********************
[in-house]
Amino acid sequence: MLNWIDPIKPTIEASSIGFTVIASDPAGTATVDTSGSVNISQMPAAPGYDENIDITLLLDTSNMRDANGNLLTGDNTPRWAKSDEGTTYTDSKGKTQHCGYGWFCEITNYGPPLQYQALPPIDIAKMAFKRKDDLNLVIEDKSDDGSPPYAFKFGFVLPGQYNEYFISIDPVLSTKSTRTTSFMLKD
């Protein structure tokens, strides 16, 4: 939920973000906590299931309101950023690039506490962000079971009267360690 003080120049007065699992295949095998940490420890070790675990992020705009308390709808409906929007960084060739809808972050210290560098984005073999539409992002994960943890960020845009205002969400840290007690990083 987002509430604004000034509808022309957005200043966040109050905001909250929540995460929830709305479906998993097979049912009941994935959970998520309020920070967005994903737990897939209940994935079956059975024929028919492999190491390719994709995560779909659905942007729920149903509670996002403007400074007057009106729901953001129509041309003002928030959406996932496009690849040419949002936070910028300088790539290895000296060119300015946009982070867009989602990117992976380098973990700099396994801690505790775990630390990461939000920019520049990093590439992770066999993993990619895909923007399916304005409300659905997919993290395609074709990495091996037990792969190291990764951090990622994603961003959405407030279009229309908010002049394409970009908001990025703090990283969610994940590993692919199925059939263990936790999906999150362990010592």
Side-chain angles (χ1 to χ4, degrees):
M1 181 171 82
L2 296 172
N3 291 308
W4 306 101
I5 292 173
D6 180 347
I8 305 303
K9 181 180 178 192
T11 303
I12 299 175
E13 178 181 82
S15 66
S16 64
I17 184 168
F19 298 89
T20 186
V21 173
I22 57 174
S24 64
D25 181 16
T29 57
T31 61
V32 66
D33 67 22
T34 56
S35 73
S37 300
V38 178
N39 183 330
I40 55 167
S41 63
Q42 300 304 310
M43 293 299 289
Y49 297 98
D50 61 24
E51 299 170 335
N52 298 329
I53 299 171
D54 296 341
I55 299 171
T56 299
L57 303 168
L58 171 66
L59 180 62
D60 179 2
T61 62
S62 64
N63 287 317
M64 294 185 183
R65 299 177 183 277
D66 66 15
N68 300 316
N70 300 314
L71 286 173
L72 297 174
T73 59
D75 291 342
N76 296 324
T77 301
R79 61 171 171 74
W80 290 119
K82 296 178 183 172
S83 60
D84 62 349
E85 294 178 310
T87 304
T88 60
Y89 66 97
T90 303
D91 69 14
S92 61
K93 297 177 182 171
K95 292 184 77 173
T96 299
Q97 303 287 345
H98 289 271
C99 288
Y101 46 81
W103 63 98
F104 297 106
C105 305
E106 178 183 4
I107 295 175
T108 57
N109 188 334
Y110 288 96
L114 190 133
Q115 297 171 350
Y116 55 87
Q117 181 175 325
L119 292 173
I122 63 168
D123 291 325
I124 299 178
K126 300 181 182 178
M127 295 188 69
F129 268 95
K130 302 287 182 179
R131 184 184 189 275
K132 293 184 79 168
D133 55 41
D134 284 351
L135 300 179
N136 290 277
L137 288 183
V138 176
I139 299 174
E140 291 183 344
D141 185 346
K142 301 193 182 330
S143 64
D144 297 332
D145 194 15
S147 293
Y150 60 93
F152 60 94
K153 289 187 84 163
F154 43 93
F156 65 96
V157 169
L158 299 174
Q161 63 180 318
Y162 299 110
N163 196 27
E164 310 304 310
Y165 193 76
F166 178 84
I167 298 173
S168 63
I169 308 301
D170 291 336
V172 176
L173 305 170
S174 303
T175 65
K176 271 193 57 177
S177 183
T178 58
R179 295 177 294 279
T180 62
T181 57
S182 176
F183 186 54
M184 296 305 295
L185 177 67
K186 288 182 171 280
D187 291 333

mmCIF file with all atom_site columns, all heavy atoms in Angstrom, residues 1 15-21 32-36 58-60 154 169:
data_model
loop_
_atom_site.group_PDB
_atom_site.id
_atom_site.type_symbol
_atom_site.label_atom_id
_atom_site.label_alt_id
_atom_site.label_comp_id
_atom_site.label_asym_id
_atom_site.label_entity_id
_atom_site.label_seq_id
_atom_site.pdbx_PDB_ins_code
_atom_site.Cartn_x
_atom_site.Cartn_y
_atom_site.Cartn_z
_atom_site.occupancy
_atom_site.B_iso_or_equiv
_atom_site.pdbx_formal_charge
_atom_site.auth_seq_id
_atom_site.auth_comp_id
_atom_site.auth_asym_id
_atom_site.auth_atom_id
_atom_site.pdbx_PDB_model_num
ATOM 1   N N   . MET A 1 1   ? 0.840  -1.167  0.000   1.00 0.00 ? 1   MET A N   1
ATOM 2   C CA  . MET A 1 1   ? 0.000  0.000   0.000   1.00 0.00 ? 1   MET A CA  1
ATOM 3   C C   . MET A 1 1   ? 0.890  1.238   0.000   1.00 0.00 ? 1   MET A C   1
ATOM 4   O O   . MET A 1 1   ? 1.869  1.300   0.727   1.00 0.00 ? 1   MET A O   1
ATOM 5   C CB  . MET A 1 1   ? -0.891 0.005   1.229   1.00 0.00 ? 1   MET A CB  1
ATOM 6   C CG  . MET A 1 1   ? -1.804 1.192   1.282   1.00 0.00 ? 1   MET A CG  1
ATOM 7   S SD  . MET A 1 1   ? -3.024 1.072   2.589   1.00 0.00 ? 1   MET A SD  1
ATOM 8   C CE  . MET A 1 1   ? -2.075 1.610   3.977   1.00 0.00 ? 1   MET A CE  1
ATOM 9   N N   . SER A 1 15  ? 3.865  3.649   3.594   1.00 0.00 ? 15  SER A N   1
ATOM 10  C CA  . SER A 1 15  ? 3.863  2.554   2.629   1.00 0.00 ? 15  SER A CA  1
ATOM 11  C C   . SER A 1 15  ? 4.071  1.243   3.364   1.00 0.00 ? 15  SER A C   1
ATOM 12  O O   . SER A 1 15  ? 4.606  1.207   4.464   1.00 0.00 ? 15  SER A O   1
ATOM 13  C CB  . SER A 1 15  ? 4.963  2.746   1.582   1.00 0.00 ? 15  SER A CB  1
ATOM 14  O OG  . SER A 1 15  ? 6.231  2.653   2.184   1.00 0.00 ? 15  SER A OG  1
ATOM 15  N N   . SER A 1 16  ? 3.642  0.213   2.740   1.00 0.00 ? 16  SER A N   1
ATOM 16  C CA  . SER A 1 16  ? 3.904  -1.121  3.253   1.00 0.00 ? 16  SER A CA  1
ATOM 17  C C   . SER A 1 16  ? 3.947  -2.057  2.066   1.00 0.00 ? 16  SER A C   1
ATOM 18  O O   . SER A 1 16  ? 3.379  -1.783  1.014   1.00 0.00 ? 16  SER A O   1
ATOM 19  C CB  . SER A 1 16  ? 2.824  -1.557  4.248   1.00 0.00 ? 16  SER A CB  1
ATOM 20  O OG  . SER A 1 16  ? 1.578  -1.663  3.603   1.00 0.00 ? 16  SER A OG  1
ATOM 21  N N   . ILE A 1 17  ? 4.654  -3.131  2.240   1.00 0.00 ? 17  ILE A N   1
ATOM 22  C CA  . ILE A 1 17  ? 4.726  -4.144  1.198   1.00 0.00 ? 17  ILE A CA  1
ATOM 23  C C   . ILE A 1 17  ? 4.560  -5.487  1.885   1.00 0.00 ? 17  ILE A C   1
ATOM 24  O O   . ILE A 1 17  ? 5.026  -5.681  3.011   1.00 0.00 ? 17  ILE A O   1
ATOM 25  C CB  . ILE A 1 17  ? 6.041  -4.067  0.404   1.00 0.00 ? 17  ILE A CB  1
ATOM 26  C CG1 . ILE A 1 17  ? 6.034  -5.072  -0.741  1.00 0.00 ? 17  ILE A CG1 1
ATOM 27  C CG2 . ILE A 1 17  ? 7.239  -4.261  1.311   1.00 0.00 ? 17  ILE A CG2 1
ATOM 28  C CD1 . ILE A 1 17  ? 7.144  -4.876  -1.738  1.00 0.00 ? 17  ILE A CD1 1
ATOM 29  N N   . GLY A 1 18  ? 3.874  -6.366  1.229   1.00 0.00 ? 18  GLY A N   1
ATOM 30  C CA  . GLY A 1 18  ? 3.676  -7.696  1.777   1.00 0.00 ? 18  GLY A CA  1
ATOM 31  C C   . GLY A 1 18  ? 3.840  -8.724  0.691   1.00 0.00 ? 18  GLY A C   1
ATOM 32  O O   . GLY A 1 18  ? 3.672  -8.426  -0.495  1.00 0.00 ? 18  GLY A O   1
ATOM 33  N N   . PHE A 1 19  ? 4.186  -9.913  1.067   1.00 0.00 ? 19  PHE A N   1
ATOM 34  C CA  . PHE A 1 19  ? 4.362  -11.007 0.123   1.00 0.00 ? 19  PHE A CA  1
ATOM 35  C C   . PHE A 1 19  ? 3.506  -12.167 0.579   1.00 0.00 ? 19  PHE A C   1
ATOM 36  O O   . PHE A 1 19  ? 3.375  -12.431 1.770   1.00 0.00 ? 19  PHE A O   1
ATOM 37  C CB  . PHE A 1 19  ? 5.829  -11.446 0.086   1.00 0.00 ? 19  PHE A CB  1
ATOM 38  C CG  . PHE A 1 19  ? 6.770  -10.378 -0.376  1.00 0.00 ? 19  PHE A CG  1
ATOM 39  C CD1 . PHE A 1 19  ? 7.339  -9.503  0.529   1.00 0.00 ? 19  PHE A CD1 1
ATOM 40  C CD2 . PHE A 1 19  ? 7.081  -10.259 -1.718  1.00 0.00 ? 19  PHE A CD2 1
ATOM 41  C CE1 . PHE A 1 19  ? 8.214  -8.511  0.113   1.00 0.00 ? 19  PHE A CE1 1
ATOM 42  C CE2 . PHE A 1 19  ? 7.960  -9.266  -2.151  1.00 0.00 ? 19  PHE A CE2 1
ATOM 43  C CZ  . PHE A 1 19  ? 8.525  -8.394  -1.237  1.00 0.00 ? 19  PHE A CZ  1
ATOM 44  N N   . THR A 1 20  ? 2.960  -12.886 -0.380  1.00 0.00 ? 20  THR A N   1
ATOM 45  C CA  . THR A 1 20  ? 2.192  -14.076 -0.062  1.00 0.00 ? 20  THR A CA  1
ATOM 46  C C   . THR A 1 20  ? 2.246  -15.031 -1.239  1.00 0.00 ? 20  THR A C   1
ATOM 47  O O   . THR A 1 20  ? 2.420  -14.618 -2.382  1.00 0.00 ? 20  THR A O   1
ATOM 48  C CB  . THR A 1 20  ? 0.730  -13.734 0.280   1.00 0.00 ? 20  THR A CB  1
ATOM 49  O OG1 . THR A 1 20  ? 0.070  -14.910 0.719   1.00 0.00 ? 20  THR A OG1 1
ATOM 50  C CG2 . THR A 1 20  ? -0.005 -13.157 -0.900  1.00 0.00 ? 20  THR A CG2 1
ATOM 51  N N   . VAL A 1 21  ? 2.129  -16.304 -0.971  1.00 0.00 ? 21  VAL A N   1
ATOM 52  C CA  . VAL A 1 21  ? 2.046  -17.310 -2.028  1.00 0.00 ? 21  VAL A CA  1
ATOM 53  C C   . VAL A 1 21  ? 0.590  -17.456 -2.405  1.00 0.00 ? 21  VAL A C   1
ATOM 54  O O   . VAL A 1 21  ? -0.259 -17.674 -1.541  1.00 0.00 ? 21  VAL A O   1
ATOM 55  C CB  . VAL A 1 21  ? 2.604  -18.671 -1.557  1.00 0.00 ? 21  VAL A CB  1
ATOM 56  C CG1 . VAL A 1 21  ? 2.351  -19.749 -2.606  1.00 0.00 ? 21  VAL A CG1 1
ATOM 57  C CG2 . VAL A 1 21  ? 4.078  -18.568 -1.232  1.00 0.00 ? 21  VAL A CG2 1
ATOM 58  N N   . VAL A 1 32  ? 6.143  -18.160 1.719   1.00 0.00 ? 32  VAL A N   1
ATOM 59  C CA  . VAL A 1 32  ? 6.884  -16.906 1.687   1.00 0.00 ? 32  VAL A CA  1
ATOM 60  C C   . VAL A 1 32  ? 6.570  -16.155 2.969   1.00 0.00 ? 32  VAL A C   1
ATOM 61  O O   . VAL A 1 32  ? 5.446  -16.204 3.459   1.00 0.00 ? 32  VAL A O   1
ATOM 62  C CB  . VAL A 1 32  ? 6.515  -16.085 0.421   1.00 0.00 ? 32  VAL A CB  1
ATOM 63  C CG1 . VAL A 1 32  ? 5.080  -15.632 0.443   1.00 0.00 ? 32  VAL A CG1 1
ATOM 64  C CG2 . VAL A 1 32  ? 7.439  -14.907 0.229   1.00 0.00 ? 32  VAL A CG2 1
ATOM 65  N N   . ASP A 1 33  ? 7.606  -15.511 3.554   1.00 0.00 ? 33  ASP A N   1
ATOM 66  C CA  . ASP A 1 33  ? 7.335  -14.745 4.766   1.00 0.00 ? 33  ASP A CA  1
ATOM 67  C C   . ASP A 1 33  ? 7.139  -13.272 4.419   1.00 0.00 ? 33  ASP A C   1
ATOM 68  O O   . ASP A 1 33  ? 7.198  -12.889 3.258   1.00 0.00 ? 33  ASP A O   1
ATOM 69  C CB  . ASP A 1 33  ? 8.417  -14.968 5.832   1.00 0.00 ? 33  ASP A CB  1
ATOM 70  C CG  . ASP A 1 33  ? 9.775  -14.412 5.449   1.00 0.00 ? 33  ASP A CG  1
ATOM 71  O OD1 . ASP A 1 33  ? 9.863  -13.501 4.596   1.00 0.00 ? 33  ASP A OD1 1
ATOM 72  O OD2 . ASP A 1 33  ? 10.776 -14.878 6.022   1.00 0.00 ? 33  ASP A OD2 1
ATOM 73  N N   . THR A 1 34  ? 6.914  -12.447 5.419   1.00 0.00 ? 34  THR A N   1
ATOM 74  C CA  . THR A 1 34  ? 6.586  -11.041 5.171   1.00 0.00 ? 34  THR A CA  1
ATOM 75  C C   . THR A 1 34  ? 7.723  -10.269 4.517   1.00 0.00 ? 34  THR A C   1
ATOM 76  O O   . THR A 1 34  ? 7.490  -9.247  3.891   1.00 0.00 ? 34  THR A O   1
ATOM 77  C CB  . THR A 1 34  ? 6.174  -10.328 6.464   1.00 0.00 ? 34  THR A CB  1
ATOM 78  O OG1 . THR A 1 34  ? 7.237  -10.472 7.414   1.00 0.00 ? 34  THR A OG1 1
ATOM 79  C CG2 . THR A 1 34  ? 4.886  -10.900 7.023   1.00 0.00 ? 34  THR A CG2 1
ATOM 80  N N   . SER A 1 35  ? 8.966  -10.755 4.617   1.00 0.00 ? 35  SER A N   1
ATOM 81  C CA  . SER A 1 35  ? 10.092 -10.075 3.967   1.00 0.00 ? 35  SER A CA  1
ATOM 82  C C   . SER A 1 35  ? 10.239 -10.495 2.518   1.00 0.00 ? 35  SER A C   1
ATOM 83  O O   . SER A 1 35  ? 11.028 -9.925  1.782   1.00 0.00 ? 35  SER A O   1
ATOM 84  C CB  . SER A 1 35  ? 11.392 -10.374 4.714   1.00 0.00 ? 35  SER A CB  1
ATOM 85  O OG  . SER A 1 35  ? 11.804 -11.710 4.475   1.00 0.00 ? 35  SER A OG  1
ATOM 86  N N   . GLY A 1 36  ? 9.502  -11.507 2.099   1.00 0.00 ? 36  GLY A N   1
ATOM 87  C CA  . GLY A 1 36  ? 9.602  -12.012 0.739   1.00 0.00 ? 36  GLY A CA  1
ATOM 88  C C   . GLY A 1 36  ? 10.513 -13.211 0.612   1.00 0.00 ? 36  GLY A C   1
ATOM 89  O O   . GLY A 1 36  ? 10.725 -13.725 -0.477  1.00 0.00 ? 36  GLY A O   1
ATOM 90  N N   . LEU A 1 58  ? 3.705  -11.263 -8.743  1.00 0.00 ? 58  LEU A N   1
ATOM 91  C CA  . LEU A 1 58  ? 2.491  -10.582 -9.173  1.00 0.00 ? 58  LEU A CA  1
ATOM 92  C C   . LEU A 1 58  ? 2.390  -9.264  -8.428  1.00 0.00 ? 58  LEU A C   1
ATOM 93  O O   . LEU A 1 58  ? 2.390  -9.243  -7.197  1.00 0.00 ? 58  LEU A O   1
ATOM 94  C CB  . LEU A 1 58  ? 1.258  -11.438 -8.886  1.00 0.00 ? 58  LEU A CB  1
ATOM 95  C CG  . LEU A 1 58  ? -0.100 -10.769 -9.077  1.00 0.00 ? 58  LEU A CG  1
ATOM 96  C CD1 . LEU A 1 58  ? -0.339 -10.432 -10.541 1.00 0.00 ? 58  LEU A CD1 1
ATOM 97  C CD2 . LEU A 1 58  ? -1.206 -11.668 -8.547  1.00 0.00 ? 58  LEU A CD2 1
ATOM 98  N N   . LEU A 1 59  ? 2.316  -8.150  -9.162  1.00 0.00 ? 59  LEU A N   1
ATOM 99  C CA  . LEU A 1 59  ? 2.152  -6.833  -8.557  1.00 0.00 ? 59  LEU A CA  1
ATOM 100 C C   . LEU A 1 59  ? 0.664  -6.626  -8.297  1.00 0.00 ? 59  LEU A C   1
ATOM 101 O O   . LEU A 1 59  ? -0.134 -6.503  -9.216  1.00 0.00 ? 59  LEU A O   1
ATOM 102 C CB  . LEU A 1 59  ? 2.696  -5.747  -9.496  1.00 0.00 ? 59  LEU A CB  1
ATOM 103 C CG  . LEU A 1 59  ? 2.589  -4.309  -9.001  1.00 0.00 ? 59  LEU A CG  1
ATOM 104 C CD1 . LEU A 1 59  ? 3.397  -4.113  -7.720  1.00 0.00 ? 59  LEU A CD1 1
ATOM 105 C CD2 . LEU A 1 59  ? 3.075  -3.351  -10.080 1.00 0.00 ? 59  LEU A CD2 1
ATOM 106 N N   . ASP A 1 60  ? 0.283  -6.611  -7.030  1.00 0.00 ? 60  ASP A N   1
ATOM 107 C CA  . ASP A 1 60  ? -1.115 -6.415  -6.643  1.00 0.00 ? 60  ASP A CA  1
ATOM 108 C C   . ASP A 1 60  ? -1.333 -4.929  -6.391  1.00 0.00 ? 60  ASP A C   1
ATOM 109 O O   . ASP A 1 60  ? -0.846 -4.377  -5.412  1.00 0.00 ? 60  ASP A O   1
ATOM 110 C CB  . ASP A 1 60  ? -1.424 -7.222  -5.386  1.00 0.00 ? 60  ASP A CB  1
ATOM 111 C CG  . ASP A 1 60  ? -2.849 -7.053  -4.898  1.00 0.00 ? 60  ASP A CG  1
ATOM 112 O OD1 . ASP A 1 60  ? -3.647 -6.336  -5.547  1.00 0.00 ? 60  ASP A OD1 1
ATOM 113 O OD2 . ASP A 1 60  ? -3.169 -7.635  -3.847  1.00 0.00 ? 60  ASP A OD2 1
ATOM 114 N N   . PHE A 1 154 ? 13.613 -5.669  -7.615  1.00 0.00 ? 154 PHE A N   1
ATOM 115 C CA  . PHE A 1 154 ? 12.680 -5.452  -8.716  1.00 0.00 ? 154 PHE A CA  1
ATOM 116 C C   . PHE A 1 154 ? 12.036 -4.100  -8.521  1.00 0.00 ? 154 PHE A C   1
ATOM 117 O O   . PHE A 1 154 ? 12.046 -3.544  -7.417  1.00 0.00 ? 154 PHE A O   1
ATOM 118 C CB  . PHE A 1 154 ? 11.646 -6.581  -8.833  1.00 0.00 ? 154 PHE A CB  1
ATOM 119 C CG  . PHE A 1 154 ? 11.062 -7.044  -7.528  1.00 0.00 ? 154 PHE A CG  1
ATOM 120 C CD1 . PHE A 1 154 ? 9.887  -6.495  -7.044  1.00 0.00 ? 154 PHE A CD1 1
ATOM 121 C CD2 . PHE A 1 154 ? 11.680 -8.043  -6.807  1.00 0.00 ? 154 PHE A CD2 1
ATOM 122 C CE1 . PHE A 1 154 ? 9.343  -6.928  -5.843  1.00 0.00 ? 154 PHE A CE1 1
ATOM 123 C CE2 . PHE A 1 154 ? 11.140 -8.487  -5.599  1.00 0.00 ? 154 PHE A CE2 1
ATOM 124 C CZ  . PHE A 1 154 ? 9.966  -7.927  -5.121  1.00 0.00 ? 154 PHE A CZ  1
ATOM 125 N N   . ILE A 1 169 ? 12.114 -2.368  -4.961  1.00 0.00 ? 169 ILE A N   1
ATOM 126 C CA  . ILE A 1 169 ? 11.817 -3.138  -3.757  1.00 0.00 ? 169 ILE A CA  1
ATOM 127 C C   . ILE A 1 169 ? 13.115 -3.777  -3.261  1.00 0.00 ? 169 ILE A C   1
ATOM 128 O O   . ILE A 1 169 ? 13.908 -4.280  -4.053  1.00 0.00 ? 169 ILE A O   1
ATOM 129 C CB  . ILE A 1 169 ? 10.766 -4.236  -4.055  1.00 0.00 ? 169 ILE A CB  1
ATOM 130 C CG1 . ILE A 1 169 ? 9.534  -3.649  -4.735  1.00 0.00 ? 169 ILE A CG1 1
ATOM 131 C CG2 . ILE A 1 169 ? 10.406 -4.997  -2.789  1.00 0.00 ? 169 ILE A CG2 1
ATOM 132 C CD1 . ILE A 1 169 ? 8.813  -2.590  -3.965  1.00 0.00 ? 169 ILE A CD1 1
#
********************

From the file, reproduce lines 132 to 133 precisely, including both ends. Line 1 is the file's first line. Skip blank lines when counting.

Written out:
I167 298 173
S168 63